CIO's Publisher Adam Dennison wonders why all the burdens of IT process-creating and policy-making for new technologies must fall on the CIO's shoulders. Should vendors be stepping up to help?
I hear a lot of conversations these days about whether the "I" in CIO still means "information" or if it really stands for some other "I" word. Innovation? Integration? Intelligence? While those are always entertaining discussions to have, I'm thinking about a different letter entirely: Who is the CPO at your organization? The "P" doesn't stand for procurement or privacy, but for policy or process.
As I talk with CIOs about where their businesses are heading and what they are doing to get there faster, we often end up discussing their investments in consumer-based or emerging technologies. Then the focus inevitably moves to policy and process. "If I am going to enable and promote [bring your own device]," one CIO told me, "I need to have a policy and process in place that employees must follow to ensure we are safe, secure and compliant." I hear virtually the same comments about cloud and social, too.
So who steps up to be the CPO in your organization? Who sets up these new policies and processes and then follows through to monitor and enforce them? Is it the legal department, or the chiefs of security, operations or finance? It certainly isn't the CMO. (Despite all the great press marketing execs are getting lately about their IT spending, I don't believe the "P" words are keeping them up at night.)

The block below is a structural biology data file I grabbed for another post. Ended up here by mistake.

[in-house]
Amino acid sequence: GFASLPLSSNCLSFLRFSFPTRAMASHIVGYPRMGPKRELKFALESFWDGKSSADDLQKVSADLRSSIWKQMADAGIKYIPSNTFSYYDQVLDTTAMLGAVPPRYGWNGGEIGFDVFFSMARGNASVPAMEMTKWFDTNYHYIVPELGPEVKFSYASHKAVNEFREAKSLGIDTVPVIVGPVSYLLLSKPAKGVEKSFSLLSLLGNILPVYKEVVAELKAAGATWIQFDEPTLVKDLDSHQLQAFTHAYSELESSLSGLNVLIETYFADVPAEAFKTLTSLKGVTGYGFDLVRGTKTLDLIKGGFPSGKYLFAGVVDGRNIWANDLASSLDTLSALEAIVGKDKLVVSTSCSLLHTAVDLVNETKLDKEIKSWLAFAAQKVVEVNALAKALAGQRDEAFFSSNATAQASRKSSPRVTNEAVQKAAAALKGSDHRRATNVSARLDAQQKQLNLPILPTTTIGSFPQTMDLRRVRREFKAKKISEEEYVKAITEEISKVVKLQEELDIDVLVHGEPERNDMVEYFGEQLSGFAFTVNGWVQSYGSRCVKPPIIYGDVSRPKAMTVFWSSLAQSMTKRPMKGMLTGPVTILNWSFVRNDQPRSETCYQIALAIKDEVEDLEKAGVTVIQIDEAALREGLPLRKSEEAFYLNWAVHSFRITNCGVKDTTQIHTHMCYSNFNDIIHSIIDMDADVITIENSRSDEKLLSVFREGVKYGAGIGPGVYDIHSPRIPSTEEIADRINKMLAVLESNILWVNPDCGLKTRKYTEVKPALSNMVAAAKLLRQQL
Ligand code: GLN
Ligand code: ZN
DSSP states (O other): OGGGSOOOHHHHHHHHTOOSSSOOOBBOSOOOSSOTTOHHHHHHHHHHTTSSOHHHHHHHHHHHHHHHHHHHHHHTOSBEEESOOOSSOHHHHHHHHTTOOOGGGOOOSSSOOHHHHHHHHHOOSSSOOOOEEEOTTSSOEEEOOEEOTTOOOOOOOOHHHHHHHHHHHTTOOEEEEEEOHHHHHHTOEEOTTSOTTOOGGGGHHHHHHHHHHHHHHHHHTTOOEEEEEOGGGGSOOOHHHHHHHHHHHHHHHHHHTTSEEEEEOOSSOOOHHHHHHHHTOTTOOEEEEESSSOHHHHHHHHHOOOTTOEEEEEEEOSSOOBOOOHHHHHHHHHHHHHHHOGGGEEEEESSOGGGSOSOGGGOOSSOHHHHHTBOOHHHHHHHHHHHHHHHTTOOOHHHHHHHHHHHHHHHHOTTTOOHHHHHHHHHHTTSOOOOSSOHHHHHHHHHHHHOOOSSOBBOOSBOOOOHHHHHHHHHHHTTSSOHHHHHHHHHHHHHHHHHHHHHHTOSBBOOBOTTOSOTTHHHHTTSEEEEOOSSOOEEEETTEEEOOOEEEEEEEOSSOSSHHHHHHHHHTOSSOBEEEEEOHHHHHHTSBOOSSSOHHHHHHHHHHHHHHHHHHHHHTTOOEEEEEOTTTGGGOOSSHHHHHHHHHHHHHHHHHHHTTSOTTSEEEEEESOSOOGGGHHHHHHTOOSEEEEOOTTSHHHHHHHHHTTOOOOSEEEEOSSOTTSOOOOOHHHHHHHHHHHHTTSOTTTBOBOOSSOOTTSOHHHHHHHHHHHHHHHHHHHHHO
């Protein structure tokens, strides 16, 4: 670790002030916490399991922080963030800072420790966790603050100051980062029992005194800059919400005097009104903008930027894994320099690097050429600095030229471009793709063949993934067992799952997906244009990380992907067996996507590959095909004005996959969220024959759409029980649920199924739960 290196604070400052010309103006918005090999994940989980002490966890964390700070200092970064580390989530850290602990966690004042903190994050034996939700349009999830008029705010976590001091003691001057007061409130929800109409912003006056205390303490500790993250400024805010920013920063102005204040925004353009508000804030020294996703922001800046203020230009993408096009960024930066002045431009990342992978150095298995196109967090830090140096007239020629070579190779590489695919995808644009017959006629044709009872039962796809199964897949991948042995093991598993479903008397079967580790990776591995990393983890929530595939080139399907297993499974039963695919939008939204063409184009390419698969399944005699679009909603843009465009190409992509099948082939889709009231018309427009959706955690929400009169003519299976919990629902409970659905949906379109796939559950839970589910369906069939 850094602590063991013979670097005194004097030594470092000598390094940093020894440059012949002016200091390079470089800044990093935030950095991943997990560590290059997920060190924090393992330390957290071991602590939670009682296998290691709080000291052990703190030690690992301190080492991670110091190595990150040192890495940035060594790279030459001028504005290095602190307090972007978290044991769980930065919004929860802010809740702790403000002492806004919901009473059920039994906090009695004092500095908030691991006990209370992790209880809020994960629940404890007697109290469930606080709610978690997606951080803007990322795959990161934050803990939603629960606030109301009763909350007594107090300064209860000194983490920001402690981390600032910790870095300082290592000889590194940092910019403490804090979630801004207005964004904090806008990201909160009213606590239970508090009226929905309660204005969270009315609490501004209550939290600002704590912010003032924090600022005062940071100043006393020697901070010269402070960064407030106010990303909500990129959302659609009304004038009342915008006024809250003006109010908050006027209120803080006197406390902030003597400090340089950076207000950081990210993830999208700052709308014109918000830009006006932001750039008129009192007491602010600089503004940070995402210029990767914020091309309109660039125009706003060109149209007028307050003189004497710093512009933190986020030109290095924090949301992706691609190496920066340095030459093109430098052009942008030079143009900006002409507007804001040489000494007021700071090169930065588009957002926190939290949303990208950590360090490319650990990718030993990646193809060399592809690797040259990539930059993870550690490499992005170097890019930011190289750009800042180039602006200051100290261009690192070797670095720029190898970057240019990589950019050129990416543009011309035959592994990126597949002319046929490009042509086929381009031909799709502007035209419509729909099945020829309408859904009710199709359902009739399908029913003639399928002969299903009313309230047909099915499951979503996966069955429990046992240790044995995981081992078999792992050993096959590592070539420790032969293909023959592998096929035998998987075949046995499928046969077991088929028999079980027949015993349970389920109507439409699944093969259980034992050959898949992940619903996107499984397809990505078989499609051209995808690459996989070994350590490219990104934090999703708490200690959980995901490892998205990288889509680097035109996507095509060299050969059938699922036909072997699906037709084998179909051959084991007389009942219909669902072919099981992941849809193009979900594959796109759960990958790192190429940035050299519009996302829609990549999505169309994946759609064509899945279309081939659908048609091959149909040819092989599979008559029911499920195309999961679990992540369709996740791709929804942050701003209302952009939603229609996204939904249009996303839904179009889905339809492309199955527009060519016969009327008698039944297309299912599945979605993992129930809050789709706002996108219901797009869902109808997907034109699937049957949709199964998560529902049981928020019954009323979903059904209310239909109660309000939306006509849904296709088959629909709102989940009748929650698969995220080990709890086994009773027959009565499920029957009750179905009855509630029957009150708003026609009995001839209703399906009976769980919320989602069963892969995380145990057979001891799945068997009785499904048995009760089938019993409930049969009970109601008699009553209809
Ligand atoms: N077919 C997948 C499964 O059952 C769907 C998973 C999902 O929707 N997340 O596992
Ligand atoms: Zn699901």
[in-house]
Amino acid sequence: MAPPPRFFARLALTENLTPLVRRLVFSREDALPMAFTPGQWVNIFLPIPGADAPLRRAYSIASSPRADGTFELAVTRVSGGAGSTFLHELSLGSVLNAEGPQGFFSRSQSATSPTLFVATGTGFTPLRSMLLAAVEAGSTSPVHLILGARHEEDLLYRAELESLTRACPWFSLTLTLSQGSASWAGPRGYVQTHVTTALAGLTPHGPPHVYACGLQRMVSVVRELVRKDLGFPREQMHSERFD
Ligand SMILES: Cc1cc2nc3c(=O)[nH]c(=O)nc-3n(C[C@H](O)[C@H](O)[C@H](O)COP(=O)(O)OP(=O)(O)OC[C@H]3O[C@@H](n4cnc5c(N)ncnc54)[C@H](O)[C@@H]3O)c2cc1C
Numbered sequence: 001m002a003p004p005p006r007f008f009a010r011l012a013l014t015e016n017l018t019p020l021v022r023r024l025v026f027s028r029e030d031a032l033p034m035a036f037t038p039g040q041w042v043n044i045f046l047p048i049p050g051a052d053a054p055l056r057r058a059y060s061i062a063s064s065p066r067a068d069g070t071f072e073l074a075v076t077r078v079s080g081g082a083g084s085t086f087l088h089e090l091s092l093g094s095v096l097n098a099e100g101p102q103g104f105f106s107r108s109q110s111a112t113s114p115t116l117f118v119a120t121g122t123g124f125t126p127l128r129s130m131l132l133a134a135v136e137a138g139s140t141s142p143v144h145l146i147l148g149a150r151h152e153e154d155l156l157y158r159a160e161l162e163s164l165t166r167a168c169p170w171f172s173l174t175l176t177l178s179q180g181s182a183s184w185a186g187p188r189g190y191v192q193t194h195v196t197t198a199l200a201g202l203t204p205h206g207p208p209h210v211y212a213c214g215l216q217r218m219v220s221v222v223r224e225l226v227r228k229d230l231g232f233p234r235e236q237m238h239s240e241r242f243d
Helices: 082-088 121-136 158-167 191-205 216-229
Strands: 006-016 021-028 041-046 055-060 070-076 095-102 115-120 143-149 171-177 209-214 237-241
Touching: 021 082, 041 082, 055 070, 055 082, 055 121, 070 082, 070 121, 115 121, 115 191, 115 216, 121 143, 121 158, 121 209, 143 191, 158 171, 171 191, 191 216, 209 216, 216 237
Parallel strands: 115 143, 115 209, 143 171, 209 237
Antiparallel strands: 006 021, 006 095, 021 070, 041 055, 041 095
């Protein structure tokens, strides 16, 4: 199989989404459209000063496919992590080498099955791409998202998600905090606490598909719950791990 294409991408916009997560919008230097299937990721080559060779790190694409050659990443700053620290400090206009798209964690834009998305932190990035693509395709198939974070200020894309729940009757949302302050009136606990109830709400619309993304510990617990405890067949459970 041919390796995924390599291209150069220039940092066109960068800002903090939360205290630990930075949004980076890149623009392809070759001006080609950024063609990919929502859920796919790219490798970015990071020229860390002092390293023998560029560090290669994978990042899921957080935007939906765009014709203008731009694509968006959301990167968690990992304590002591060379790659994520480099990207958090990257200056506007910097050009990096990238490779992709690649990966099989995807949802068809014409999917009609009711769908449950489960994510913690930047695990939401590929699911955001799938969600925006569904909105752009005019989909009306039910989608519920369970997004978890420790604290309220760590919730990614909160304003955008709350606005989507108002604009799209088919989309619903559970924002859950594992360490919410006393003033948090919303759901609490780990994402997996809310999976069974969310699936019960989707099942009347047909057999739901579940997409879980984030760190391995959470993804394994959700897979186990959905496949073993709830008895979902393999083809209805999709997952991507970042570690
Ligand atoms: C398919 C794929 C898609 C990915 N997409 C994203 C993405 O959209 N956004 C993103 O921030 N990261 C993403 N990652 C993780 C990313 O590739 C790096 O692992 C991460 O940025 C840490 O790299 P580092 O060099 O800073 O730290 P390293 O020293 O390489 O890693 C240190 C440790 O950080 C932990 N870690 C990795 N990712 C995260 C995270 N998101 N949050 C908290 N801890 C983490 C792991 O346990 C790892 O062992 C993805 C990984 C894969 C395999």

Seems to me this is one of those boring-but-important areas that could benefit from greater collaboration among the various stakeholders, including (wait for it...) IT vendors. That's right. As your technology suppliers are busy promoting new ways of doing business--and reveling in the creation of disruptive technologies--shouldn't they be sharing some of their own expertise and taking a proactive role in helping CIOs create and deploy policies and processes?
I'm all for fostering change and innovation within the enterprise, and the adoption of new technologies often leads to new ways of working together. But all that must be tempered with some respect for the standards and practices that made that organization a success in the first place.
What I hear expressed by many CIOs today is the feeling that the CPO role falls increasingly--and heavily--on their shoulders. Yet it really should be a collaborative effort that extends to the vendor community. Could such a partnership work? Would you welcome it?
Read more about cio role in CIO's CIO Role Drilldown.
This story, "New Role for the CIO: Chief Process Officer?" was originally published by CIO.